As expected, Andrews and Granger really light this up; both actors had some great film-noir roles in this era, their range and presence (especially Andrews’) amplifies and compliments the drama. Dow is also very good, both as the naughty princess and the romantic lover; unfortunately, given the times, she has to completely abandon college to get married. Worse, there’s a hint that a college woman is somehow not quite the same amount a woman as a married, non-career woman.
For different reasons, Darnell’s character’s short-changed too. Other than mentoring Dow’s character and telling off Granger, she’s marginalized. She’s just, like, some important guy’s husband. For the most part, the supporting cast works well, especially Collins, Milner, and Baldwin.
One thing, though: Collin’s continual face-off with Granger is such a stock bit of my-daughter’s-too-good-for-you stuff. It’s very contrived. Plus, Carrie hardly needs any help keeping Jack off of her, until her sea-change near the end. Combined with dad’s instant hostility, it seems that she wouldn’t have any reason to see Jack in the first place.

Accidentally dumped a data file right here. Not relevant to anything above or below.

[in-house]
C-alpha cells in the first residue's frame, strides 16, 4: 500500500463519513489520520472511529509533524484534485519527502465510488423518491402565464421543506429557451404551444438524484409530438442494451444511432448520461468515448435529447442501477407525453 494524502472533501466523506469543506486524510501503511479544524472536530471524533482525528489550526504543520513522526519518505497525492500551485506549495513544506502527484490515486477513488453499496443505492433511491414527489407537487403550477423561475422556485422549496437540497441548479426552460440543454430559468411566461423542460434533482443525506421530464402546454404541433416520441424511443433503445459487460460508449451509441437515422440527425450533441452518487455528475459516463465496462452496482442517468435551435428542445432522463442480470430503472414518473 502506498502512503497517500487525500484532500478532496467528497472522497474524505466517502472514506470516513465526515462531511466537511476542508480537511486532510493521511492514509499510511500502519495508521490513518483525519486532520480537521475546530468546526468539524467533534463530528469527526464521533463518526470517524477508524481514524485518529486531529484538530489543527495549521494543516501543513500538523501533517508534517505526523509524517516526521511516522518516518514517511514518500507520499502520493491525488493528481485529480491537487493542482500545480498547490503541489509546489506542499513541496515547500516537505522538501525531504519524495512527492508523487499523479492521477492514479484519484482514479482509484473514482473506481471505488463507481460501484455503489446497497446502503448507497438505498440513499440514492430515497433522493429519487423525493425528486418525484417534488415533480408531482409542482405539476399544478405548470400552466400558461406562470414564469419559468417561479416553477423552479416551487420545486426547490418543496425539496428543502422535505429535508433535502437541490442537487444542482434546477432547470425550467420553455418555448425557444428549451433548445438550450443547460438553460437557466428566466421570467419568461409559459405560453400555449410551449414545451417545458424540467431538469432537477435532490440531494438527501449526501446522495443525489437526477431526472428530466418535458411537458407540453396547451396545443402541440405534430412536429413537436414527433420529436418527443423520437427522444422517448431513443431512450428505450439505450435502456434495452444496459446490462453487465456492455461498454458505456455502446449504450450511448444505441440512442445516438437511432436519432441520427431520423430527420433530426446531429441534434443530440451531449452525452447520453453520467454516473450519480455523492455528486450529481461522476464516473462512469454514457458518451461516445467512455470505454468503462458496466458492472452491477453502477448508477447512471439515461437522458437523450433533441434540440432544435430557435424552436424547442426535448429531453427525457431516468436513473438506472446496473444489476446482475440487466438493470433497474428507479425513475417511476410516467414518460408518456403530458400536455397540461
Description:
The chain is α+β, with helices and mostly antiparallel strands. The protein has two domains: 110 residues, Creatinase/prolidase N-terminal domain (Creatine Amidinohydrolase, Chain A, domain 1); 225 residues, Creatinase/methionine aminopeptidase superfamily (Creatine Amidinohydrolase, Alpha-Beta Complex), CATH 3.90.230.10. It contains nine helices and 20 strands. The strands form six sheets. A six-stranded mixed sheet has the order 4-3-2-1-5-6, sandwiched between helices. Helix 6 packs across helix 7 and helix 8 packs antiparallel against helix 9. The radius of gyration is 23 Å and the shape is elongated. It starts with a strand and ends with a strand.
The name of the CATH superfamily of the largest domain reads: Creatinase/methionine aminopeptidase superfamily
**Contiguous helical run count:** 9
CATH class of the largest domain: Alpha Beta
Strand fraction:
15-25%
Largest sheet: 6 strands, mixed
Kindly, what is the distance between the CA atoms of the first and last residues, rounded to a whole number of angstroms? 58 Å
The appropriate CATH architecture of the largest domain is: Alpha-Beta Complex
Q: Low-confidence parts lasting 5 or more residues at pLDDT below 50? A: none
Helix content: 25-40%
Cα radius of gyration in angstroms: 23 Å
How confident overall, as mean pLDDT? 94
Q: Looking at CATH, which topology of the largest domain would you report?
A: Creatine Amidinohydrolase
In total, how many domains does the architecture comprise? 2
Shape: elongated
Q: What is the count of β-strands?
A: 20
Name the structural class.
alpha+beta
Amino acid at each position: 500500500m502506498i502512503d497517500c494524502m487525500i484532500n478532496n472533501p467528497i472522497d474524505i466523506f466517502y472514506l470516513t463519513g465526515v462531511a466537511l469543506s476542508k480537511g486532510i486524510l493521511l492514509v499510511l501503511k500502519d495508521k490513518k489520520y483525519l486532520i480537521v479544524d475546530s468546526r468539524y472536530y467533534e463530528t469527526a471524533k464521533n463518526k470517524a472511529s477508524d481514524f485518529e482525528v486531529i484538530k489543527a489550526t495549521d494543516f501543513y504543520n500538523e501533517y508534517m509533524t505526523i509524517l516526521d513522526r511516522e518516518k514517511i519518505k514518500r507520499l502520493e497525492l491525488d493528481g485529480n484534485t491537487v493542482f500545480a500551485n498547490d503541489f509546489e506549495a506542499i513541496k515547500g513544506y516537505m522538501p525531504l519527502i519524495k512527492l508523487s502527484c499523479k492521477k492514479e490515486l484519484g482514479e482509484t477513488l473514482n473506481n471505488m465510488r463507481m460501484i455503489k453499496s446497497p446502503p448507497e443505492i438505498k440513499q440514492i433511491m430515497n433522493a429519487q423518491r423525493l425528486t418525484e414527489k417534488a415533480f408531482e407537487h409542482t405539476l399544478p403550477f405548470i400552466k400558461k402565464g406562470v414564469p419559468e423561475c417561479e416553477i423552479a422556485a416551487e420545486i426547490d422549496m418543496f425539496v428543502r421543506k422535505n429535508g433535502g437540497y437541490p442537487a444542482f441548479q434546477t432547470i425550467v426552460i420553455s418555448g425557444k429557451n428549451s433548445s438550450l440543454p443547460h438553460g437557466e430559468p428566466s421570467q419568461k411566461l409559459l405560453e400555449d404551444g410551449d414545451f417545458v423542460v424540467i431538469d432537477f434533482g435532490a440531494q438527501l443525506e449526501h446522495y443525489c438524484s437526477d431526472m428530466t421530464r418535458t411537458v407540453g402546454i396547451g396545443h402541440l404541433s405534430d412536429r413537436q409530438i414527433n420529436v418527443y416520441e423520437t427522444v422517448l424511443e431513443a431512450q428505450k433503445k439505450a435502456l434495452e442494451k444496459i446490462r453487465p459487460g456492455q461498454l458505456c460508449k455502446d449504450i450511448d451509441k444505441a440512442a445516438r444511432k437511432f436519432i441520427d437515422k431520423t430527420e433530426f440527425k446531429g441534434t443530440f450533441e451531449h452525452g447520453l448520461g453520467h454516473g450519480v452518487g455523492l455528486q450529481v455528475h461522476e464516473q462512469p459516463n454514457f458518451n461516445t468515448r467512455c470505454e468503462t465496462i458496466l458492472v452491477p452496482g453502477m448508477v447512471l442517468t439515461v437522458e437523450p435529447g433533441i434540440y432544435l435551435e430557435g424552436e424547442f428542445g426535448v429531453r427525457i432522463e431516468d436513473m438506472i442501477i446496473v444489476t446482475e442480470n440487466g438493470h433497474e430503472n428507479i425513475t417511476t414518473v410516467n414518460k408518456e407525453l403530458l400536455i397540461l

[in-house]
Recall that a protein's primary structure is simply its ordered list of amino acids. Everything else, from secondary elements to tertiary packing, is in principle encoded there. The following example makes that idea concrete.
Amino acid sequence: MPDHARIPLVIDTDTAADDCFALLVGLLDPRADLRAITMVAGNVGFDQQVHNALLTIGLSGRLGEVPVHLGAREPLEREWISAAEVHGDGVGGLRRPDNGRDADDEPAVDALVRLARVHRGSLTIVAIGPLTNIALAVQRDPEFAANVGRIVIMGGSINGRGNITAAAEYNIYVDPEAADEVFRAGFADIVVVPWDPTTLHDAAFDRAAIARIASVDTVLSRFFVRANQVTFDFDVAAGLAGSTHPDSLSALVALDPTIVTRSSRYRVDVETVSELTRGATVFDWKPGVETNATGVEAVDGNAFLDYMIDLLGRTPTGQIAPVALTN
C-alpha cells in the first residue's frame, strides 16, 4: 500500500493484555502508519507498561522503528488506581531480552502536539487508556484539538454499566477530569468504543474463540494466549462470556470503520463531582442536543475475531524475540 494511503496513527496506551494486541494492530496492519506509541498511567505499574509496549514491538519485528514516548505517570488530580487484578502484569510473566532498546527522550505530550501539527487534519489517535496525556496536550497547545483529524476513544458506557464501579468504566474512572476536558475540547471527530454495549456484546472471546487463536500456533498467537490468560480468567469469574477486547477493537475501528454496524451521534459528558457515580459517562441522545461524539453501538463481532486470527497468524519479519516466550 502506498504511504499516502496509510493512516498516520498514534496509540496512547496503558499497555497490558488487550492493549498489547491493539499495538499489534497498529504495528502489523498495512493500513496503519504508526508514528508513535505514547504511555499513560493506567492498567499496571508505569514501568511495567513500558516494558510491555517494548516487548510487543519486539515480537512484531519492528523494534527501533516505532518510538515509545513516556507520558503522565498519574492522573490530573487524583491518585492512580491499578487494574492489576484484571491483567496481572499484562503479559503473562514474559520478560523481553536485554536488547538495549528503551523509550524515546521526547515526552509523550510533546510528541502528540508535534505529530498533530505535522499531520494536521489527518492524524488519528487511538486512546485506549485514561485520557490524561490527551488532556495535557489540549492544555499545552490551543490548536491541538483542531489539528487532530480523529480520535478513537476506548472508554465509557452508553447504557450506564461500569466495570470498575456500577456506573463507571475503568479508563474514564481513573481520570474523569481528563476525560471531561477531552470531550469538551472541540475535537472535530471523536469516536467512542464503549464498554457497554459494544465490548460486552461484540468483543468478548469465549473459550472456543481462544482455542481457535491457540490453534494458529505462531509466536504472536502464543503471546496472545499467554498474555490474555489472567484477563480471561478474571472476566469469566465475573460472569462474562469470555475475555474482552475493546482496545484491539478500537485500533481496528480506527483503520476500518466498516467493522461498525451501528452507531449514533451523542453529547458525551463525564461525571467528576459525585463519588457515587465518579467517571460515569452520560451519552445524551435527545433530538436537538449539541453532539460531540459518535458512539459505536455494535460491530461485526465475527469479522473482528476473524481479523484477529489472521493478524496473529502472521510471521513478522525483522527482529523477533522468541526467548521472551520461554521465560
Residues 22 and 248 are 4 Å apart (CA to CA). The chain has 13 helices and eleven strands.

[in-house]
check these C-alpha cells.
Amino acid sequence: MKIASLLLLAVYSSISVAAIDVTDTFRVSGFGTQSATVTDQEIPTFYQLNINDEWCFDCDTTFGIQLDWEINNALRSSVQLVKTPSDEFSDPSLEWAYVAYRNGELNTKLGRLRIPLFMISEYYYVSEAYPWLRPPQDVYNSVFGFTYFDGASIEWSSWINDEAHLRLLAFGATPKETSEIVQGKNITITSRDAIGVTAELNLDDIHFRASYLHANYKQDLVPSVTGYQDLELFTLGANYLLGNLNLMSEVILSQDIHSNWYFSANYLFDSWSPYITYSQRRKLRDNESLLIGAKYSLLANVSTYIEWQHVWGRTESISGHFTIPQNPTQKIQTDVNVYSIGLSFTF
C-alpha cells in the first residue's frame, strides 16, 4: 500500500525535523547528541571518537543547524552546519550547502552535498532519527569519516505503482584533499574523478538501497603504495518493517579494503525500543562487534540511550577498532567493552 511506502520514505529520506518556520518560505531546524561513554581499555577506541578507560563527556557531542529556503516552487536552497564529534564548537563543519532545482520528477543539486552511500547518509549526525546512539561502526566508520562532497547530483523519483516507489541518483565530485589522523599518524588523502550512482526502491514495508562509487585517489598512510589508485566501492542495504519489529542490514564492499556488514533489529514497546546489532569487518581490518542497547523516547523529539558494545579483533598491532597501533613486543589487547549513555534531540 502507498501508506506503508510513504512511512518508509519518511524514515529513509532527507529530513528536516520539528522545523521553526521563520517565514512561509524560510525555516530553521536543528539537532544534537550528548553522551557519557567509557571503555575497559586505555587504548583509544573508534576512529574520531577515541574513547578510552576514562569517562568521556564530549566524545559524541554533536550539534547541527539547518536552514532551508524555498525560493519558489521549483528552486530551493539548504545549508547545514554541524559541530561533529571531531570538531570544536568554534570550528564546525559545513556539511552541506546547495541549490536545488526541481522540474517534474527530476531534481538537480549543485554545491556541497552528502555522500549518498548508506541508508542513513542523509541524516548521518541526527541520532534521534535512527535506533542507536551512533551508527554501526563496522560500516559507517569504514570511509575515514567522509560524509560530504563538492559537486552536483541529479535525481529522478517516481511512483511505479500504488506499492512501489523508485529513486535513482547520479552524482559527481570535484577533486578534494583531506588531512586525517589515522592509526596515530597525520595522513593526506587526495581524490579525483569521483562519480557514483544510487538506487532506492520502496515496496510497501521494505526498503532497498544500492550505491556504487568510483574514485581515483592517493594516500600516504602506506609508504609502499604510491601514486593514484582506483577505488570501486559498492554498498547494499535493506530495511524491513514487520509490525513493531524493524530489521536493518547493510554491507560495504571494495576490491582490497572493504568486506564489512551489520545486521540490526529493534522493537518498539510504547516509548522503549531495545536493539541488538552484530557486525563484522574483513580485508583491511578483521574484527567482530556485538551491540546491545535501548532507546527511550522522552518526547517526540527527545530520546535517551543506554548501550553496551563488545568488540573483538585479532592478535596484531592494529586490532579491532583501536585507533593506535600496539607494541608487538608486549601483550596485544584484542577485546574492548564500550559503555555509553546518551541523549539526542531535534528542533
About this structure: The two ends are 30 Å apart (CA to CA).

These bits wouldn’t matter so much if the tedious pace didn’t give us a ton of time to ruminate on them. The movie’s long, and feels even longer. Something that’s notable, and interesting, is the ambivalent attitude towards the Korean War–very much a reflection of the time. No one’s excited about the war, but, other than Jack, whose situation is personalized, no one tries too hard to avoid it either.
This is entertaining, and has some good stuff, particularly the bar scenes, and the woodsy scenes with Carrie and Jack. But it flattens out too much to make much of a companion to The Best Years Of Our Lives.
You can bet a set of wire wheels that Farmermouse dug the hot-rod; looks like a Model-A with a later flathead V8. He gives I Want You six and a half beers. 6.5/10.